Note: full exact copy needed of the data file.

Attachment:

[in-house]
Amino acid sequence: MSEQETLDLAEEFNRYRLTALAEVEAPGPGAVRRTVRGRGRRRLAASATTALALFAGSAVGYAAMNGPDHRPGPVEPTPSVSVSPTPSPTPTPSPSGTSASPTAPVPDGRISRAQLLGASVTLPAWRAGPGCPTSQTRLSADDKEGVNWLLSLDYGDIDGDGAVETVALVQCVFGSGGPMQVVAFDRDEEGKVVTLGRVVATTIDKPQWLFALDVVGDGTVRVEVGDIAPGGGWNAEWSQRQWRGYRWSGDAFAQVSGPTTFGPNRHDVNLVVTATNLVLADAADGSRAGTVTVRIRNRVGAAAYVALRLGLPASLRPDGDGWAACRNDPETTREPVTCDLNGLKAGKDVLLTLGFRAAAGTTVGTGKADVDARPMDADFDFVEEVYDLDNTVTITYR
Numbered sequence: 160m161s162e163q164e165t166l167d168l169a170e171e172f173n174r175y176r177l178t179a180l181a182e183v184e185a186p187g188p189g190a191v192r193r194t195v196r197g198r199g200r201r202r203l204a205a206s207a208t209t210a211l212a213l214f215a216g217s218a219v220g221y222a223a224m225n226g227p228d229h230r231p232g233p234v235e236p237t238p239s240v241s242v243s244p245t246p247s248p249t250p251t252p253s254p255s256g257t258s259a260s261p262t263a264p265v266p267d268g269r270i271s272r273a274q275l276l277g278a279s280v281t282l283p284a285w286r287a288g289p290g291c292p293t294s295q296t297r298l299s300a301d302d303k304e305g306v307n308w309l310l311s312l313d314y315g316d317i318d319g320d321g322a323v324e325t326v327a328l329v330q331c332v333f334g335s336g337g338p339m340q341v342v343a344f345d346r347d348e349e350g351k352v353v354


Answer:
[in-house]
Amino acid sequence: MSEQETLDLAEEFNRYRLTALAEVEAPGPGAVRRTVRGRGRRRLAASATTALALFAGSAVGYAAMNGPDHRPGPVEPTPSVSVSPTPSPTPTPSPSGTSASPTAPVPDGRISRAQLLGASVTLPAWRAGPGCPTSQTRLSADDKEGVNWLLSLDYGDIDGDGAVETVALVQCVFGSGGPMQVVAFDRDEEGKVVTLGRVVATTIDKPQWLFALDVVGDGTVRVEVGDIAPGGGWNAEWSQRQWRGYRWSGDAFAQVSGPTTFGPNRHDVNLVVTATNLVLADAADGSRAGTVTVRIRNRVGAAAYVALRLGLPASLRPDGDGWAACRNDPETTREPVTCDLNGLKAGKDVLLTLGFRAAAGTTVGTGKADVDARPMDADFDFVEEVYDLDNTVTITYR
Numbered sequence: 160m161s162e163q164e165t166l167d168l169a170e171e172f173n174r175y176r177l178t179a180l181a182e183v184e185a186p187g188p189g190a191v192r193r194t195v196r197g198r199g200r201r202r203l204a205a206s207a208t209t210a211l212a213l214f215a216g217s218a219v220g221y222a223a224m225n226g227p228d229h230r231p232g233p234v235e236p237t238p239s240v241s242v243s244p245t246p247s248p249t250p251t252p253s254p255s256g257t258s259a260s261p262t263a264p265v266p267d268g269r270i271s272r273a274q275l276l277g278a279s280v281t282l283p284a285w286r287a288g289p290g291c292p293t294s295q296t297r298l299s300a301d302d303k304e305g306v307n308w309l310l311s312l313d314y315g316d317i318d319g320d321g322a323v324e325t326v327a328l329v330q331c332v333f334g335s336g337g338p339m340q341v342v343a344f345d346r347d348e349e350g351k352v353v354